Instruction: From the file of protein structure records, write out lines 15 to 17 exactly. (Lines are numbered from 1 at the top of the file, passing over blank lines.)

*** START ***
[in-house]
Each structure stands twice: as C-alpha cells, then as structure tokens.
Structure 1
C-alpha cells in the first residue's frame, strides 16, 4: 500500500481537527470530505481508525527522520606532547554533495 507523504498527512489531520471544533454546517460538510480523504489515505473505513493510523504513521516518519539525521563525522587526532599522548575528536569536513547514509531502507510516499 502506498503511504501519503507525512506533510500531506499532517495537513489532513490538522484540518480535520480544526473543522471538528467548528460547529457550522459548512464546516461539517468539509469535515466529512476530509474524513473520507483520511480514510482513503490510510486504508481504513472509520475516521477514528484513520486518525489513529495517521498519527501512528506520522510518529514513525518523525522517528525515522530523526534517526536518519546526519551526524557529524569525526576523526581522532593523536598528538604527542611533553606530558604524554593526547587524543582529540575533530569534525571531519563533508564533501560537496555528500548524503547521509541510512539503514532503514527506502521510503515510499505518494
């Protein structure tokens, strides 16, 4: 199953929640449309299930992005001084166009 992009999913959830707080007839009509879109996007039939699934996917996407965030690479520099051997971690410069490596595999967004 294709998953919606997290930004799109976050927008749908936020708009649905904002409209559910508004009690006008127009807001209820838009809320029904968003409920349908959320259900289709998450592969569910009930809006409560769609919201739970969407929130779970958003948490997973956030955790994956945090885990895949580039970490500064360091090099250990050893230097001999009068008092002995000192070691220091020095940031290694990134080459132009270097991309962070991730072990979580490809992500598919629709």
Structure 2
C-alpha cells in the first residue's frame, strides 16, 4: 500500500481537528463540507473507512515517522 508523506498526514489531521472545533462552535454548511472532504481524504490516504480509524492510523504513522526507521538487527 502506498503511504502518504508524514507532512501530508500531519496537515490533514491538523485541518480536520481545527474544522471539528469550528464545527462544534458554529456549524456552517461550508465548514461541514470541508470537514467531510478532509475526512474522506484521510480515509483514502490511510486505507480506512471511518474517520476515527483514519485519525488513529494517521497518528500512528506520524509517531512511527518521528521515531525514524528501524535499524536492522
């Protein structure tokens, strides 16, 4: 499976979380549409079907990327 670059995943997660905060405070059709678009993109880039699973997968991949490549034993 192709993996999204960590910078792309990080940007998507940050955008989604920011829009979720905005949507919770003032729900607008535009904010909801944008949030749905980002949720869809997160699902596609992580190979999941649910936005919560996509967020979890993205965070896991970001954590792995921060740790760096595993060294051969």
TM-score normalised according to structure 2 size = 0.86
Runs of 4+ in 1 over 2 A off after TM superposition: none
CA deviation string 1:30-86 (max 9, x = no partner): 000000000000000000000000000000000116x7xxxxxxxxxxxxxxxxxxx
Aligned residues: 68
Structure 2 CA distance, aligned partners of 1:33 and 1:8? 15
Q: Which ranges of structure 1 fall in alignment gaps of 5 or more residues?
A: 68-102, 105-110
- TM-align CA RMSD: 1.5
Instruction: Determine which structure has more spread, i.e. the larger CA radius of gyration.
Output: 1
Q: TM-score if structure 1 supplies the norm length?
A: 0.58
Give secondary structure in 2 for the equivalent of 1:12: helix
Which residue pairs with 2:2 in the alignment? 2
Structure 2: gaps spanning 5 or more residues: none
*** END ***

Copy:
A: 68-102, 105-110
- TM-align CA RMSD: 1.5
Instruction: Determine which structure has more spread, i.e. the larger CA radius of gyration.